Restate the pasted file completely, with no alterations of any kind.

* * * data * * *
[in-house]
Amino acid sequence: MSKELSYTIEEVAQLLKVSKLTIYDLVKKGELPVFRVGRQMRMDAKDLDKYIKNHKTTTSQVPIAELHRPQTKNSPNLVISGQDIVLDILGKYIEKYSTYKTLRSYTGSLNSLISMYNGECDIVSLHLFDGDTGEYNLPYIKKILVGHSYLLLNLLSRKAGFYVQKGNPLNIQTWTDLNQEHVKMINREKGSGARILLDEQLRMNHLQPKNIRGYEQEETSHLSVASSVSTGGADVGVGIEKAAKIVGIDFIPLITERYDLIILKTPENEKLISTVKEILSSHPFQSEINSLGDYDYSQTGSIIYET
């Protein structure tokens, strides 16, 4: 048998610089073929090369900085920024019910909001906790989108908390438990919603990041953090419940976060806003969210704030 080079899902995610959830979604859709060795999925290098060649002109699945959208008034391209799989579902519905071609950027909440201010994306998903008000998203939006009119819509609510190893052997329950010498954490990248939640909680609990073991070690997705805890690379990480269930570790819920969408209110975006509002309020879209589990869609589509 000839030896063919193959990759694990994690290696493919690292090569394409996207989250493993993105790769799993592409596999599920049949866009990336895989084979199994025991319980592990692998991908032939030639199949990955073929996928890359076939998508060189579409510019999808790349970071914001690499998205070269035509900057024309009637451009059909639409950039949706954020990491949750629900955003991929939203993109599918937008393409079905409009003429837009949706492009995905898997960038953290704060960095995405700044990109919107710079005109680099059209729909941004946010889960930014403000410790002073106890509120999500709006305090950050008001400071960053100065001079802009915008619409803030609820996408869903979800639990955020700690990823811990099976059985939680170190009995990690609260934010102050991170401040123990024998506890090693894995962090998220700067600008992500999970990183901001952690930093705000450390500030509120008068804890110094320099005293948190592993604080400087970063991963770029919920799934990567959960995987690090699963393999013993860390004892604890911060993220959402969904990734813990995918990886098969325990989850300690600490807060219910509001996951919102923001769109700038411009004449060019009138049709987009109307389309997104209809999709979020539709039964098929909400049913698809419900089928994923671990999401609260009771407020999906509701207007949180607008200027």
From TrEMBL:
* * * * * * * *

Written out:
[in-house]
Amino acid sequence: MSKELSYTIEEVAQLLKVSKLTIYDLVKKGELPVFRVGRQMRMDAKDLDKYIKNHKTTTSQVPIAELHRPQTKNSPNLVISGQDIVLDILGKYIEKYSTYKTLRSYTGSLNSLISMYNGECDIVSLHLFDGDTGEYNLPYIKKILVGHSYLLLNLLSRKAGFYVQKGNPLNIQTWTDLNQEHVKMINREKGSGARILLDEQLRMNHLQPKNIRGYEQEETSHLSVASSVSTGGADVGVGIEKAAKIVGIDFIPLITERYDLIILKTPENEKLISTVKEILSSHPFQSEINSLGDYDYSQTGSIIYET
């Protein structure tokens, strides 16, 4: 048998610089073929090369900085920024019910909001906790989108908390438990919603990041953090419940976060806003969210704030 080079899902995610959830979604859709060795999925290098060649002109699945959208008034391209799989579902519905071609950027909440201010994306998903008000998203939006009119819509609510190893052997329950010498954490990248939640909680609990073991070690997705805890690379990480269930570790819920969408209110975006509002309020879209589990869609589509 000839030896063919193959990759694990994690290696493919690292090569394409996207989250493993993105790769799993592409596999599920049949866009990336895989084979199994025991319980592990692998991908032939030639199949990955073929996928890359076939998508060189579409510019999808790349970071914001690499998205070269035509900057024309009637451009059909639409950039949706954020990491949750629900955003991929939203993109599918937008393409079905409009003429837009949706492009995905898997960038953290704060960095995405700044990109919107710079005109680099059209729909941004946010889960930014403000410790002073106890509120999500709006305090950050008001400071960053100065001079802009915008619409803030609820996408869903979800639990955020700690990823811990099976059985939680170190009995990690609260934010102050991170401040123990024998506890090693894995962090998220700067600008992500999970990183901001952690930093705000450390500030509120008068804890110094320099005293948190592993604080400087970063991963770029919920799934990567959960995987690090699963393999013993860390004892604890911060993220959402969904990734813990995918990886098969325990989850300690600490807060219910509001996951919102923001769109700038411009004449060019009138049709987009109307389309997104209809999709979020539709039964098929909400049913698809419900089928994923671990999401609260009771407020999906509701207007949180607008200027």
From TrEMBL: